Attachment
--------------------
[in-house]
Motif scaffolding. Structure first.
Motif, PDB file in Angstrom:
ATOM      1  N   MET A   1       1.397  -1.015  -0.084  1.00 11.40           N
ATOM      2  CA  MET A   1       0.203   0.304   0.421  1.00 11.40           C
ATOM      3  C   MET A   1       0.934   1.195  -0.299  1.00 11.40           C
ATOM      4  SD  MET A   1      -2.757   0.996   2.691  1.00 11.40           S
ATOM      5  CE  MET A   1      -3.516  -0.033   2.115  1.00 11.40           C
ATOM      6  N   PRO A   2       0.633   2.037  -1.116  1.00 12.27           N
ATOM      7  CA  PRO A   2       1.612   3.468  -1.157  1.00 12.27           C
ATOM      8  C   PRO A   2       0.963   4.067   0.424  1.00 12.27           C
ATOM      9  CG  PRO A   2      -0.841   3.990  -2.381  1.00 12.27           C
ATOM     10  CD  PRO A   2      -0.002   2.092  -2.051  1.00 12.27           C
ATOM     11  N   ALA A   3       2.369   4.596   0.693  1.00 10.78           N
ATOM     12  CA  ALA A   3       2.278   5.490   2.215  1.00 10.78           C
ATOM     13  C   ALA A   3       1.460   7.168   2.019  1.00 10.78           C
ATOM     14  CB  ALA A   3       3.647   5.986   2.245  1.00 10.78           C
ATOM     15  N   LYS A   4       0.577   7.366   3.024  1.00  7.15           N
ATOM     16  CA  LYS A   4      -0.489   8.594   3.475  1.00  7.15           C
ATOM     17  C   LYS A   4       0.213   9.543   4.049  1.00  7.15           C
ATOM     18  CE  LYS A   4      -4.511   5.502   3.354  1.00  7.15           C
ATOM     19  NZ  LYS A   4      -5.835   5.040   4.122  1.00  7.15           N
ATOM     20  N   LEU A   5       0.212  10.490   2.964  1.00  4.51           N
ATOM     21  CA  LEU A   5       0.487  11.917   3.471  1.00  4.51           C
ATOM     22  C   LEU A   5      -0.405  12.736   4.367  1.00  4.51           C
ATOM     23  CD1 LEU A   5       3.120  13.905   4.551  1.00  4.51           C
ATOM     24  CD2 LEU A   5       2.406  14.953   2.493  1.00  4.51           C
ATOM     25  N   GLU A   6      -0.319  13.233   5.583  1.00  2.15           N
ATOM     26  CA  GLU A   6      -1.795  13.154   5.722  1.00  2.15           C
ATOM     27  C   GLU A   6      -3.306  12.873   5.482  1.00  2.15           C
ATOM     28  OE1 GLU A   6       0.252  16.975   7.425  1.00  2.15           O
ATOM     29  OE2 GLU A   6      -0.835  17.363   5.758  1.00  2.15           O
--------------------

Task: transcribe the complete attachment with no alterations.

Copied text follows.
[in-house]
Motif scaffolding. Structure first.
Motif, PDB file in Angstrom:
ATOM      1  N   MET A   1       1.397  -1.015  -0.084  1.00 11.40           N
ATOM      2  CA  MET A   1       0.203   0.304   0.421  1.00 11.40           C
ATOM      3  C   MET A   1       0.934   1.195  -0.299  1.00 11.40           C
ATOM      4  SD  MET A   1      -2.757   0.996   2.691  1.00 11.40           S
ATOM      5  CE  MET A   1      -3.516  -0.033   2.115  1.00 11.40           C
ATOM      6  N   PRO A   2       0.633   2.037  -1.116  1.00 12.27           N
ATOM      7  CA  PRO A   2       1.612   3.468  -1.157  1.00 12.27           C
ATOM      8  C   PRO A   2       0.963   4.067   0.424  1.00 12.27           C
ATOM      9  CG  PRO A   2      -0.841   3.990  -2.381  1.00 12.27           C
ATOM     10  CD  PRO A   2      -0.002   2.092  -2.051  1.00 12.27           C
ATOM     11  N   ALA A   3       2.369   4.596   0.693  1.00 10.78           N
ATOM     12  CA  ALA A   3       2.278   5.490   2.215  1.00 10.78           C
ATOM     13  C   ALA A   3       1.460   7.168   2.019  1.00 10.78           C
ATOM     14  CB  ALA A   3       3.647   5.986   2.245  1.00 10.78           C
ATOM     15  N   LYS A   4       0.577   7.366   3.024  1.00  7.15           N
ATOM     16  CA  LYS A   4      -0.489   8.594   3.475  1.00  7.15           C
ATOM     17  C   LYS A   4       0.213   9.543   4.049  1.00  7.15           C
ATOM     18  CE  LYS A   4      -4.511   5.502   3.354  1.00  7.15           C
ATOM     19  NZ  LYS A   4      -5.835   5.040   4.122  1.00  7.15           N
ATOM     20  N   LEU A   5       0.212  10.490   2.964  1.00  4.51           N
ATOM     21  CA  LEU A   5       0.487  11.917   3.471  1.00  4.51           C
ATOM     22  C   LEU A   5      -0.405  12.736   4.367  1.00  4.51           C
ATOM     23  CD1 LEU A   5       3.120  13.905   4.551  1.00  4.51           C
ATOM     24  CD2 LEU A   5       2.406  14.953   2.493  1.00  4.51           C
ATOM     25  N   GLU A   6      -0.319  13.233   5.583  1.00  2.15           N
ATOM     26  CA  GLU A   6      -1.795  13.154   5.722  1.00  2.15           C
ATOM     27  C   GLU A   6      -3.306  12.873   5.482  1.00  2.15           C
ATOM     28  OE1 GLU A   6       0.252  16.975   7.425  1.00  2.15           O
ATOM     29  OE2 GLU A   6      -0.835  17.363   5.758  1.00  2.15           O